Nick Nichols, who died Monday, was a gruff man with twinkles in his eyes. He appreciated a good joke and laughed at himself when he was the subject. He served as Laurens County Coroner from the presidencies of Ronald Reagan to Donald Trump.
He was the last of the conservative Democrats and never left the party or failed to be reelected in a time when many of the county’s public officials switched parties in order to be reelected. Nichols’ predecessor, Dr. Zack Seymour, was a Republican in an age of Democrats. Nichols, who learned the job as Seymour’s assistant, was a Democrat in an age of Republicans and spent 37 years in office.
Nichols’ Chief Deputy Assistant, Vickie Cheek, issued a statement upon Nichols death Monday:
“We are remembering longtime Laurens County Coroner, F.G. “Nick” Nichols, as a true Southern Gentleman and a friend to so many individuals of this community. He had so much compassion and sensitivity for helping countless families navigate through some of the most difficult times of their lives. Coroner Nichols truly cared about all the people he served. He fought a long and hard battle after having a partial amputation last June, but he never gave up on coming back to his office and serving his county. His staff will greatly miss him, and I know the citizens of the county will miss his services.”
Connected to his community in a way that is common for a man whose service station was a more significant meeting place than City Hall, Nichols connected there in ways uncommon to most officials. He loved a homespun story, a good pig pickin’ and an occasional sip of liquor. He was a good man who didn’t lose any sleep wondering whether or not the people appreciated his goodness. He did what he thought was right without worrying what others thought. Some people disagreed with him, but few ever doubted his sincerity.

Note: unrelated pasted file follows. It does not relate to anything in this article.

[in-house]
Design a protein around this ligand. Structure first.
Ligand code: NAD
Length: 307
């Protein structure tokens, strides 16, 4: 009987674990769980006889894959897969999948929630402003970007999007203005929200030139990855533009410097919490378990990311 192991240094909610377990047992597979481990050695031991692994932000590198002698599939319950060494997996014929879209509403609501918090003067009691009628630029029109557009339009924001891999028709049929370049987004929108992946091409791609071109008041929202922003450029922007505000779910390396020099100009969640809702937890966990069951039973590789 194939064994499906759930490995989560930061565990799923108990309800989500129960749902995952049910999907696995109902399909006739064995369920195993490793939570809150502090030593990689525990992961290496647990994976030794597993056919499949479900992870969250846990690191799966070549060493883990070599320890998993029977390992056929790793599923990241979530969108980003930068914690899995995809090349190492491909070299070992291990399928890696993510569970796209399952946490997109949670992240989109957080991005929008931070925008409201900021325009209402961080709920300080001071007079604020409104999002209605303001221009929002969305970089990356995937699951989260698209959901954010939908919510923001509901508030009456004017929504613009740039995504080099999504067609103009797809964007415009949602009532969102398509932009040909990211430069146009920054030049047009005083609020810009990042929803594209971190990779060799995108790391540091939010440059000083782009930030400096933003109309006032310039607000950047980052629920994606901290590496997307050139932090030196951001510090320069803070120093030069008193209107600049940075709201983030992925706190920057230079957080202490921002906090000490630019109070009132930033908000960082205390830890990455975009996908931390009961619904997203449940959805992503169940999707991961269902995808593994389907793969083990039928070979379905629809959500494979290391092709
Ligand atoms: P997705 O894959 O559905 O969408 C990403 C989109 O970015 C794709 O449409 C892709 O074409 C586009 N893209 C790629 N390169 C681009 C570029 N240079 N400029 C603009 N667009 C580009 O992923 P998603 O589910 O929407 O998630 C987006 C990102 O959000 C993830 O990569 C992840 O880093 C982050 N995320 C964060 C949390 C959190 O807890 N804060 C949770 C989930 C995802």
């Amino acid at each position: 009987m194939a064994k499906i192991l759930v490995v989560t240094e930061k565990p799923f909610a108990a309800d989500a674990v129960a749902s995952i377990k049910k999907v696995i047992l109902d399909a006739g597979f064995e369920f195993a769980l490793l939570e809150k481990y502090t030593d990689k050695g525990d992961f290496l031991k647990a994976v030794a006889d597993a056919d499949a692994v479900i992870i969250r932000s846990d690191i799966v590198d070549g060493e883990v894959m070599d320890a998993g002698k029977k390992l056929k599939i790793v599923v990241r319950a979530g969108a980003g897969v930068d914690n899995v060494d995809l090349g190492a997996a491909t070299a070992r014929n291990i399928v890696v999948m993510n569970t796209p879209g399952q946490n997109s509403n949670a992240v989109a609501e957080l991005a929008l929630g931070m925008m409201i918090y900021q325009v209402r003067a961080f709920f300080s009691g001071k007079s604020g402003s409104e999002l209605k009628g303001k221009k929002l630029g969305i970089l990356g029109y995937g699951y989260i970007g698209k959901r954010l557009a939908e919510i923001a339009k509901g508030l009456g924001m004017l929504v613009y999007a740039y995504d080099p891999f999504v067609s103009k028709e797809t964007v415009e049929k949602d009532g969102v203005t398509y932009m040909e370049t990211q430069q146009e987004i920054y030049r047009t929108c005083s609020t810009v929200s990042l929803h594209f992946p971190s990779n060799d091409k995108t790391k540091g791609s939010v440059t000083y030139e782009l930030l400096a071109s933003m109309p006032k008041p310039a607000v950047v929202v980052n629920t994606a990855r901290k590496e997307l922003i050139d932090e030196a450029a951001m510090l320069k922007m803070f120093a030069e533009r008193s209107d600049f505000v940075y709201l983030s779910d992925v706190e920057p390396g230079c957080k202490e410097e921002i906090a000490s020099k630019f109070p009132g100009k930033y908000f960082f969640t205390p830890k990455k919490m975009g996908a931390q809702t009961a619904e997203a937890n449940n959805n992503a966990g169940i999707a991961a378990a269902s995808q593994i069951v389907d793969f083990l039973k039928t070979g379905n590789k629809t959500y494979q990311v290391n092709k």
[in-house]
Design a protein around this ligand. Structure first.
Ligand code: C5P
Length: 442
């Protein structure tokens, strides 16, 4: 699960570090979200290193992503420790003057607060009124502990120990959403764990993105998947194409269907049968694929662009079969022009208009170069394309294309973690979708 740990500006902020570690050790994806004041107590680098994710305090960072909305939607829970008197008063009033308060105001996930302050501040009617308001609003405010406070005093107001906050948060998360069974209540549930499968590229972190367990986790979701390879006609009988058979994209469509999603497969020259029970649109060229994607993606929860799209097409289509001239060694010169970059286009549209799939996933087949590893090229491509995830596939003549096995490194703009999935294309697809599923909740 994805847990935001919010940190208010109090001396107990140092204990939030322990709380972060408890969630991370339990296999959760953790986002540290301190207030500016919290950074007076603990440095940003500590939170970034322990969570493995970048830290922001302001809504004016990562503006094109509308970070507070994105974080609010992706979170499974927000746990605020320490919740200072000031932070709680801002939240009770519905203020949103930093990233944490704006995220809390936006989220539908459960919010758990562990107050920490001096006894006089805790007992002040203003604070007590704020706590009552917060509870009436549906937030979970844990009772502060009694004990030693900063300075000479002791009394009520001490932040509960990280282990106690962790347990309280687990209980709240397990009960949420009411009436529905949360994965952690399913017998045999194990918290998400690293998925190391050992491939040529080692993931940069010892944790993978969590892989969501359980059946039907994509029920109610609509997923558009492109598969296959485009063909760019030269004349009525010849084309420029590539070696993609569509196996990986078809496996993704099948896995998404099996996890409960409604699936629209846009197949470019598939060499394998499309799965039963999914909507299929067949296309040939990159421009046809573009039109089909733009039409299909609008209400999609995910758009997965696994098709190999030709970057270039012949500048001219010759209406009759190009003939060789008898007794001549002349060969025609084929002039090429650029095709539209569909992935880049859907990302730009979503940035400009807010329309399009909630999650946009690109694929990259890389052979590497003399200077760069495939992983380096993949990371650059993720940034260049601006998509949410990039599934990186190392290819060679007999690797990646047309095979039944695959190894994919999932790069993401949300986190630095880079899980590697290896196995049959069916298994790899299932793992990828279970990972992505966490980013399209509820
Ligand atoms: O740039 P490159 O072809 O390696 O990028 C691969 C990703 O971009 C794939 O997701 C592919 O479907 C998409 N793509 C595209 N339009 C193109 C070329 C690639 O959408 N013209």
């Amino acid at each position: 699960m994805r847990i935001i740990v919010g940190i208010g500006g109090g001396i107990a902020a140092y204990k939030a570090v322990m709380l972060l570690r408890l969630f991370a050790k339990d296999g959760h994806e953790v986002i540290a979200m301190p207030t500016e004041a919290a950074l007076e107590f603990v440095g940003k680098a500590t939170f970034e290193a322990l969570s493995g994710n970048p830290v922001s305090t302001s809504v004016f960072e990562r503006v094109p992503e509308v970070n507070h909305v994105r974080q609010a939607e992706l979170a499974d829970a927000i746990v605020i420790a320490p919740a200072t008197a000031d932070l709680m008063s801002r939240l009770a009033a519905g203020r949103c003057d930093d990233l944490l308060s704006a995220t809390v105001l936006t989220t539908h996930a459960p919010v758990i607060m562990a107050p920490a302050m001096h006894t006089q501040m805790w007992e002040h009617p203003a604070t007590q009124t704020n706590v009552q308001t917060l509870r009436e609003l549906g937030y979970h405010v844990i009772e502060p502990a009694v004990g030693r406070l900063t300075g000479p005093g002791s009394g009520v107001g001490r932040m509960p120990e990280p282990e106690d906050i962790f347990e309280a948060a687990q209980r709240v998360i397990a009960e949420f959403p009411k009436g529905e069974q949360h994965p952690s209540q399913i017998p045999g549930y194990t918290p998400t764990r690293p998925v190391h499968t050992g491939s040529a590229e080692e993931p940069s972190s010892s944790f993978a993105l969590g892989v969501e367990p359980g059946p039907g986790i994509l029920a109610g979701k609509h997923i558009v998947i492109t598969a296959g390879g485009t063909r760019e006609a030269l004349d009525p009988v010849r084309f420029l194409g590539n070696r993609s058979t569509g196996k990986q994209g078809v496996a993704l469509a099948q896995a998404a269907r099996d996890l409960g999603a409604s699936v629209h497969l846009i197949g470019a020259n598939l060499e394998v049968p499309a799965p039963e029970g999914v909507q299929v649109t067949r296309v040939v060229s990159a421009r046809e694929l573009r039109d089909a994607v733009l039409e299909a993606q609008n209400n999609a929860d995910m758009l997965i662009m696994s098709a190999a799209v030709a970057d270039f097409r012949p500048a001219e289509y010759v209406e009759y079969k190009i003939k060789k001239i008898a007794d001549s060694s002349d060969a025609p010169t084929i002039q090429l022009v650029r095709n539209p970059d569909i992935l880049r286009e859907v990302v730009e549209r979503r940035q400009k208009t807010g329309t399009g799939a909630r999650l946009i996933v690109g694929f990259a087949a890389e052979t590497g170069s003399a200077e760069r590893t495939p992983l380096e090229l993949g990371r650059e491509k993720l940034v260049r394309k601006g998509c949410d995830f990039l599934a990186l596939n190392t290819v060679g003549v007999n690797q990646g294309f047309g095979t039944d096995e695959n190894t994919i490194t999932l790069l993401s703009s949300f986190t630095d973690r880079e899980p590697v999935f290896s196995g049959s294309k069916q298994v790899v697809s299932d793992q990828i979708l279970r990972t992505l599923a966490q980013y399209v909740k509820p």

Nichols knew City Hall, too. His wife, Myra, was Clinton mayor from 1994-2003. The foundation of both’s popularity was their ability to relate to the people they served. He never served as a judge but held court regularly for most of his adult life.
Tributes arrived Tuesday via emails, social-media posts and phone calls.
“He was a great guy,” ex-Clinton police chief Carroll Barker. “Nick always tried to help those in need. He worked many days and nights without much pay. He was very dedicated and loyal to his job, which is hard to find anymore. He tried to help the little man.
“He was always right there. One night I remember we had two people deceased in a house fire in Lydia Mill. It was 5 degrees. He was right out there with you, all night long. He will be surely missed because he really put in a lot of hours. They’re not going to find another like him. Any law enforcement officer will tell you the eame thing. He wouldn’t be satisfied till he rode to Joanna or some place like that to eat breakfast and talk about it.”
“Nick was always very supportive in my career,” added Laurens County Sheriff Don Reynolds. “He was always a very straightforward person and I appreciated that. His professionalism, passion and dedication served Laurens County well. He will be greatly missed.”